8.29.2007

8.29.07 Reviews

Wasteland #11 (Oni Press): Ahem... just for the record, I postulated here at 13 Minutes months ago that A-Ree-Yass-I could turn out to be a veiled reference to Area 51 and that Wosh-Tun would be Washington, DC. Though people are just figuring it out now in the letter column, Antony Johnston flat out denies the DC reference and is more non-commital on confirming or denying Area 51 - so we'll see. That fun game aside, as usual, Johnston and Mitten continue to turn the heat up with beautifully rendered plot machinations involving the Sunners, the Council of Newbegin, our wayward travelers, and a whole host of baddies ready to storm the city gates. Just when you think the characters have their head above water and will get a moment's respite, they're plunged back down into the depths to take a swig of this nasty reality they inhabit. Wasteland is a searing adventure full of old fashioned sci-fi and modern socio-political sensibility. Grade A.

Ex Machina: Masquerade Special (DC/Wildstorm): Like any issue of Ex Machina, this special is full of big important ideas. This time out we get a nice tight analysis of the flawed logic of anonymous protest, how it loses credibility and the importance of the ideas being protested lose ground to the faceless nature of the protagonists. And that's some pretty hearty stuff. But, like the two issue special that came before it, I see absolutely no reason why this couldn't have been a one-shot issue between arcs of the regular series or even interspersed as a series of chopped up flashbacks, as so many other bits of the saga have unfolded. It seems just as random as the last special that this segment of the story would be called out separately for some arbitrary reason. My only other little gripe is that John Paul Leon's art is pleasant enough, but really sort of flat and stiff compared to the regular caliber of Tony Harris. Grade A-.

Local #10 (Oni Press): Though both Brian Wood and Ryan Kelly admit in their letter end piece essays that this issue is a bit of a downer, it wasn't the subject matter that got me down so much as the delivery. I can take strained familial dynamics and guys that just can't catch a break as they reflect on their lives and place in the world, it just needs to be engaging. Unfortunately, this is really one of only two issues of the series I can think of to date that falls just shy of my engage-o-meter, for some reason it was pretty flat and not that interesting. I do have a favorite page though that highlights the sign reading "Please don't do coke in the bathroom." If that doesn't sum up some of the deadpan paradoxical reality that Local is good at, well then I don't know what does. Thankfully, Ryan Kelly's art continues its Paul Pope/Farel Dalrymple goodness. Grade B+.

Hellboy: Darkness Calls #5 (Dark Horse): Yeah. Duncan Fegredo draw some nice monsters and swords and ooky looking catacombs and arcane rituals. Yeah. Mignola continues Hellboy's quest to understand his place in Ragna-Rok. And I know I'm going to catch hell for this, but... zzzz (God, no! Blasphemy!) zzzzzz. I'm just kinda' tired of all the different factions and bad guys and references to different prophecies. I think what I'm starting to realize is that I'm not a big fan of this brand of horror. The Hellboy bits I really used to enjoy were about him working for the Bureau of Paranormal Research & Defense. Slowly over time, Hellboy proper has moved further and further away from that. This is officially the last HB mini-series I'll be buying in single issues and I may pick up the eventual trades to stay current. We'll see. While over in BPRD, recently all those secret agenty bits with the Bureau that were tickling my fancy seem to have taken a back seat to more of Abe Sapien's origin and the personal quest things that Hellboy is doing. So, that leaves me in a place where I'm also committing to buy only the BPRD trades moving forward. Either it's time to wrap these stories up before they stick around too long, or (as I'm sure the die hard fans will say), this franchise is just no longer for me. Grade B-.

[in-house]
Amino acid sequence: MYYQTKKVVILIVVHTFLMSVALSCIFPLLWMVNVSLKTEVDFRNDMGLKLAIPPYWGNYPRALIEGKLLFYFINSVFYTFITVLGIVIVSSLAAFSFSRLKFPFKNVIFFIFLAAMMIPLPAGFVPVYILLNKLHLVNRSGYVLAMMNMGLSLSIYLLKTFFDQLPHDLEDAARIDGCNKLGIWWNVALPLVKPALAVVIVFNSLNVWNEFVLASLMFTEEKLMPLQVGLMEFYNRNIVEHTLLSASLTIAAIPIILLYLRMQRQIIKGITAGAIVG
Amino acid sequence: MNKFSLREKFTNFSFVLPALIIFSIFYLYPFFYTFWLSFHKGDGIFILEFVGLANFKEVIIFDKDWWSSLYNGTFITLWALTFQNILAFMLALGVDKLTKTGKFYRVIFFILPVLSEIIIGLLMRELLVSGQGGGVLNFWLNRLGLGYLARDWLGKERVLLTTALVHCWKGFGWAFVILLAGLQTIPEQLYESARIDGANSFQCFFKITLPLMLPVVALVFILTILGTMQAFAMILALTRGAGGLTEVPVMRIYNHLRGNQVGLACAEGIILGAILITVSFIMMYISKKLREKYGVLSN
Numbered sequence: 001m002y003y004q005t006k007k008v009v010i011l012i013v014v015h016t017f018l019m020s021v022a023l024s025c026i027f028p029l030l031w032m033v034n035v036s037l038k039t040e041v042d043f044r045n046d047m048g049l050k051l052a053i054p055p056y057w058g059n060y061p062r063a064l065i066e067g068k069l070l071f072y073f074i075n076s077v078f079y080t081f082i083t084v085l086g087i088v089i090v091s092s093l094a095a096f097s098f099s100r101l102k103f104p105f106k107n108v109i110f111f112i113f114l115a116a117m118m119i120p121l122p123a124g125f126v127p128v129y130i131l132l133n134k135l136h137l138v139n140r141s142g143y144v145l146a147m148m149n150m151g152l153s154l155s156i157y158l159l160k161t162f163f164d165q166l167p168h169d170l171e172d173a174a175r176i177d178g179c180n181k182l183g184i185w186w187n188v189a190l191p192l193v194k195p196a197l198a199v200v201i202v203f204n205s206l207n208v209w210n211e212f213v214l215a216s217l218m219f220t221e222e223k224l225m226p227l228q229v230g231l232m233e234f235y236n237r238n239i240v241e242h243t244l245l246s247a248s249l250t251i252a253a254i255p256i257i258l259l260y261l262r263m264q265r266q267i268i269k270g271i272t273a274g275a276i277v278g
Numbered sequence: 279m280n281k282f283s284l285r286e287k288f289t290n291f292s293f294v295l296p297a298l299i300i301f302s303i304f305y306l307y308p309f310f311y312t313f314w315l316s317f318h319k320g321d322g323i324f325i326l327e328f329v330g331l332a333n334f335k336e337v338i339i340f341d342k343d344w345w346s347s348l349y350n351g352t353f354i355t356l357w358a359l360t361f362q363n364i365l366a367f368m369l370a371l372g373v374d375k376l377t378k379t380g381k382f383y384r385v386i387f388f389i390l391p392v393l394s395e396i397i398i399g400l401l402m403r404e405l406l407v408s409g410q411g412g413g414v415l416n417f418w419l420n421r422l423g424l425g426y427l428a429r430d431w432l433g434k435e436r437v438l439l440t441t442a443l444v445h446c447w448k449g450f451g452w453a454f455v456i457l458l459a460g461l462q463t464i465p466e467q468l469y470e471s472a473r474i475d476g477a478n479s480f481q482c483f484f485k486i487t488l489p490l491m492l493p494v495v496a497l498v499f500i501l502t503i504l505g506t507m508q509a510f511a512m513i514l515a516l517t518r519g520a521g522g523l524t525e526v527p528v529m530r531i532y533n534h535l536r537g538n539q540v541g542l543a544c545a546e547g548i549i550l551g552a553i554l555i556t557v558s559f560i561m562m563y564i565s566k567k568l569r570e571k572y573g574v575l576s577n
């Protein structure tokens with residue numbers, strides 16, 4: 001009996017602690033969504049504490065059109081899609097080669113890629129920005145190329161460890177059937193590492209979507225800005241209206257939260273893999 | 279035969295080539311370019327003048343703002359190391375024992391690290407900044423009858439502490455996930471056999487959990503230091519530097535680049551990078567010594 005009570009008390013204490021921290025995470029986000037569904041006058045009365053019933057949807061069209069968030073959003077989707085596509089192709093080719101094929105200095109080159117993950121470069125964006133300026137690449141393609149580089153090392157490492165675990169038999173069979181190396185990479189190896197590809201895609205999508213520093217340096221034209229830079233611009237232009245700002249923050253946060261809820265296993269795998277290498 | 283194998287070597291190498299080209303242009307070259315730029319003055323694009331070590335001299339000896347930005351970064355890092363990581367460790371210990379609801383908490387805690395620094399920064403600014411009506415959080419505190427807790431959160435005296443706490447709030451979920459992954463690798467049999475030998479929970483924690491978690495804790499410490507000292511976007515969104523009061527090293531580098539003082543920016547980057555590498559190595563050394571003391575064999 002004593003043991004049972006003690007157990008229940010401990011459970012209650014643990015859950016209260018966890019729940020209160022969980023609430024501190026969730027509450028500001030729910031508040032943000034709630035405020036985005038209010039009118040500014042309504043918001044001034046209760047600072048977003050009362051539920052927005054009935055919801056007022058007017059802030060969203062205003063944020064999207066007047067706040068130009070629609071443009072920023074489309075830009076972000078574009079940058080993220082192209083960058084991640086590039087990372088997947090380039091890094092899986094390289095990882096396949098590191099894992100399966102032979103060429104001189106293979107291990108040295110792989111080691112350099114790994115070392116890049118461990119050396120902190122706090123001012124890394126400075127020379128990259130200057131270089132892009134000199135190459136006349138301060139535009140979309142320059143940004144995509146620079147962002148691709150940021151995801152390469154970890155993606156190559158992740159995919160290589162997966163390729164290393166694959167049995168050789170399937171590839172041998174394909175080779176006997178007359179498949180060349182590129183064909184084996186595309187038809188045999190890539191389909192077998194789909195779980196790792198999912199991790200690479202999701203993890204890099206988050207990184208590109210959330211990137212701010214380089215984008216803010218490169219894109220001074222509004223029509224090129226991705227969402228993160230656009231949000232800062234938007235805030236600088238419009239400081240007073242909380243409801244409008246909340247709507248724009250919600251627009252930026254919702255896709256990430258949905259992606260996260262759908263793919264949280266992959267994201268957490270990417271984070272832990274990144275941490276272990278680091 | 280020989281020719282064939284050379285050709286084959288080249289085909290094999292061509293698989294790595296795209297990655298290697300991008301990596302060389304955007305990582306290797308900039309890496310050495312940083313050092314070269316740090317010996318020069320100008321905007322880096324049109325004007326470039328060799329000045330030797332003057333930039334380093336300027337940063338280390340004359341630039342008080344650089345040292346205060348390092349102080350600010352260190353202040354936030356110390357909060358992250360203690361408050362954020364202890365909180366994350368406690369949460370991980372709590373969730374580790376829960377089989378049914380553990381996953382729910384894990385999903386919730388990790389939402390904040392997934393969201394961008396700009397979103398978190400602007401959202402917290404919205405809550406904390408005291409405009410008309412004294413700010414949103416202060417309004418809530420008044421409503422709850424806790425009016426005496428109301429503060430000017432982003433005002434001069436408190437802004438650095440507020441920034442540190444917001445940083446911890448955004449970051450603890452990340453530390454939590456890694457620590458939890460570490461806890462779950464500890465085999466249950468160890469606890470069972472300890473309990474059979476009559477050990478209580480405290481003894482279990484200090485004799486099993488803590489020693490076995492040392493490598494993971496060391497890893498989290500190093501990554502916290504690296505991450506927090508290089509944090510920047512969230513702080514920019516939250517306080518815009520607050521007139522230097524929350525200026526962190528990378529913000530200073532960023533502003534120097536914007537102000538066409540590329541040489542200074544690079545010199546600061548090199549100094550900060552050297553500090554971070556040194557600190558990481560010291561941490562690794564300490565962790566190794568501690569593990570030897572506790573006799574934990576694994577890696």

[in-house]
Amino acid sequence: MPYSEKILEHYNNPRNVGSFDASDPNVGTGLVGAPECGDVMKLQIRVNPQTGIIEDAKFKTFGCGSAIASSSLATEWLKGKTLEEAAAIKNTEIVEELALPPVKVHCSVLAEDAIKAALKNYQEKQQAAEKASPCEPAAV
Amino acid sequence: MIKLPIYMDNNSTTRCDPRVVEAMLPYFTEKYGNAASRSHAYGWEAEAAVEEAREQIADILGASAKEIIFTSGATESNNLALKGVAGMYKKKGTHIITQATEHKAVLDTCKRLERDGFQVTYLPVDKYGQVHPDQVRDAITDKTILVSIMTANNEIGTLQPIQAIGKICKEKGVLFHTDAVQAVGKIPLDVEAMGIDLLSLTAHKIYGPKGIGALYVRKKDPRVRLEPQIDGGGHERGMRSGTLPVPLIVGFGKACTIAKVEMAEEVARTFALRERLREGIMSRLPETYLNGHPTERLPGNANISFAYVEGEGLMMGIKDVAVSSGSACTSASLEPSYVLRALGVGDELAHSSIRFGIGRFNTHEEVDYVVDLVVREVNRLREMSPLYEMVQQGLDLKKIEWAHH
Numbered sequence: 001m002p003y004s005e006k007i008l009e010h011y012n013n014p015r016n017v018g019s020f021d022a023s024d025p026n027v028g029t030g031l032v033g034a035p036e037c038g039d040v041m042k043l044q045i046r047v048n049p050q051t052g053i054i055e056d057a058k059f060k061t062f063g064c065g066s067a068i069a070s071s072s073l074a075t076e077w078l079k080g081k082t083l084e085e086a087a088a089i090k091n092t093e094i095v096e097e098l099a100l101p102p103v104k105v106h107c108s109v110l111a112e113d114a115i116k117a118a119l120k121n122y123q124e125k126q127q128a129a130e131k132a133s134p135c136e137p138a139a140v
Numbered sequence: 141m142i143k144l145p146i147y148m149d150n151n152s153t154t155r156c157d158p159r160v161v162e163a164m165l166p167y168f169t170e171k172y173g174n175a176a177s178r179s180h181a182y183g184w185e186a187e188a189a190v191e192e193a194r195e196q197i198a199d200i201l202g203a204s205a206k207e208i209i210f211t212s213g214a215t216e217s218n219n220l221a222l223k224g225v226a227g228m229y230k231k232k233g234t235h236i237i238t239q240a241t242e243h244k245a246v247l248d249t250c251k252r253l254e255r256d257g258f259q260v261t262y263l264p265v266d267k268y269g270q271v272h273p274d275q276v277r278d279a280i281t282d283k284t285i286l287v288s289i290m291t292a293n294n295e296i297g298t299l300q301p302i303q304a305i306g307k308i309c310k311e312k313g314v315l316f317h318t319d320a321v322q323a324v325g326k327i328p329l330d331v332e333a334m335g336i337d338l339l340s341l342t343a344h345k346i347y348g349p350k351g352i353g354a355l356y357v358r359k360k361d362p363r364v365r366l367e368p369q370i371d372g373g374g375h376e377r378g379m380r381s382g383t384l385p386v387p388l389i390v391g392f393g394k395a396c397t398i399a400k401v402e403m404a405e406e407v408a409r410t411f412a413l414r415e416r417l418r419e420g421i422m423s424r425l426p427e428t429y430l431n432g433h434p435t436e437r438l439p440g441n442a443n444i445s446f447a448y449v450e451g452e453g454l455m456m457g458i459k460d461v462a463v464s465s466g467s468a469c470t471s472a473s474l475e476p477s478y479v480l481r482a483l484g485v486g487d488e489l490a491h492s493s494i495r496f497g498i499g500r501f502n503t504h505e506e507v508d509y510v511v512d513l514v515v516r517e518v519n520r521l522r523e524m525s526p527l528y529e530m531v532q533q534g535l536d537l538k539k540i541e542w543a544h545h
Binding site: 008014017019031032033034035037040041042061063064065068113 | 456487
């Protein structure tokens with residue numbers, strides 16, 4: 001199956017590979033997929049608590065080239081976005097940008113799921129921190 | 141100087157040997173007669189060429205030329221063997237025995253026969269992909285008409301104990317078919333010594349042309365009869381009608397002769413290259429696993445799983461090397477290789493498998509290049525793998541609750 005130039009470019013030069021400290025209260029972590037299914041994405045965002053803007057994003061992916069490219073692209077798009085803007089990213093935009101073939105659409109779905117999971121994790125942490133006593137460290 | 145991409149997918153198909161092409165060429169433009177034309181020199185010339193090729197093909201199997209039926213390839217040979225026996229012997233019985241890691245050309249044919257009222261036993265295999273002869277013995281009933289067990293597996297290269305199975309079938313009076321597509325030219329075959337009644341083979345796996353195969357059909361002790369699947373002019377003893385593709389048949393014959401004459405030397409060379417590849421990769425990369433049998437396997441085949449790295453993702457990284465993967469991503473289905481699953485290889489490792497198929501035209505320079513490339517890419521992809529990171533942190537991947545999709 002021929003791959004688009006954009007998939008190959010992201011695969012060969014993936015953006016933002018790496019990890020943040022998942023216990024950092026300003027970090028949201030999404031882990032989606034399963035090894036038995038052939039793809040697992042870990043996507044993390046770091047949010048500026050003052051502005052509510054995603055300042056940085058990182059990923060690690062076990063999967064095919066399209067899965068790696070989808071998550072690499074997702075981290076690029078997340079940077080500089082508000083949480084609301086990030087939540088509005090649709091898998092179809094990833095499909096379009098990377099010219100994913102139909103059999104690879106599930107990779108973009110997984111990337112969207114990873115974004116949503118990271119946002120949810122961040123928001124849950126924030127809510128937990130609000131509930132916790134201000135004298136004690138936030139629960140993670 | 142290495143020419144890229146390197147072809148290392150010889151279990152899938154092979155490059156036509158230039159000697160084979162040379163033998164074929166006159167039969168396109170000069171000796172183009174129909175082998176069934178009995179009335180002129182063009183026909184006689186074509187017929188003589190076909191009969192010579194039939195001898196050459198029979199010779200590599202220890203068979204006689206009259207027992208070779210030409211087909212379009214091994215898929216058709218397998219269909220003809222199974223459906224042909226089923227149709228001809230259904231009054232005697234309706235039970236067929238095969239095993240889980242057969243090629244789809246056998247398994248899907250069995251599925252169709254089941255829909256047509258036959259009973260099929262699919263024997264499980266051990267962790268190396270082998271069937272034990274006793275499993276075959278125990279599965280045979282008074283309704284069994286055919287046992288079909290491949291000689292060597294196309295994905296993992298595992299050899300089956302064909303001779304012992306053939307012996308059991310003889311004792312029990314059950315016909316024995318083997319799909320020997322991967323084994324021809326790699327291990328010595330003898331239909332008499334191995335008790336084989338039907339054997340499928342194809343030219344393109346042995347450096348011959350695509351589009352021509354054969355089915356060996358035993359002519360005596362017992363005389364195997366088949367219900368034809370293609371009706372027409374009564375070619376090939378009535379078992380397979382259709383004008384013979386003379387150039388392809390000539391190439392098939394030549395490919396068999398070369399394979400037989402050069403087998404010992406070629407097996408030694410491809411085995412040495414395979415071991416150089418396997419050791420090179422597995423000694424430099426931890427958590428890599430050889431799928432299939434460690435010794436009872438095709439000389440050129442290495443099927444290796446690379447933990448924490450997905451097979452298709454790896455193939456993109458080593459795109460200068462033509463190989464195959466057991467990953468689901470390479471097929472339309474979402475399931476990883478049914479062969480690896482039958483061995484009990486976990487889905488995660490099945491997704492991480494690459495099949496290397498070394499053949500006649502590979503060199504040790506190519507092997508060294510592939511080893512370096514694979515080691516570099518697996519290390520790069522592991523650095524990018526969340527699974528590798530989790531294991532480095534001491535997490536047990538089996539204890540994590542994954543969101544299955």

The Mice Templar #1 (Image): I'm sure there will be endless comparisons to Archaia Studio Press' Mouse Guard (I mean are little sword wielding rodents the new Pirates this year or what?), but for me, ASP's noble character-driven tale has this thing beat every day of the week and twice on Sundays. This book was boring! Not only does it seem really plot driven, but there's only so much "Kewl-One The Ancient Warrior & His Disciples Battle The Noble Harvest of Shadow Time at The Dawn of The Templar Generation United Legion of Mice Code Peace & Harmony Magic Tree of Curry Connor Darfur Black Anus Druid Witch" umm... bullshit that I can take. This thing is prose heavy, dense, not interesting, and really a struggle to get through. Oeming's penciling style is good, but I think could have benefitted from some more juice on the inking or coloring so's I could properlifically distinguishize one cheese-eatin' pink ear from another. And why do the mice call each other men? Whatever. Grade C-.

I also picked up;

Nothing Better: Volume 1: No Place Like Home (Dementian Comics): I was a big fan of Tyler Page's previous work Stylish Vittles and also picked up the first issue or two of Nothing Better. I was disappointed to see it cancelled (or put on hiatus?), but am really pleased to be able to support him and this trade. Definitely recommended!

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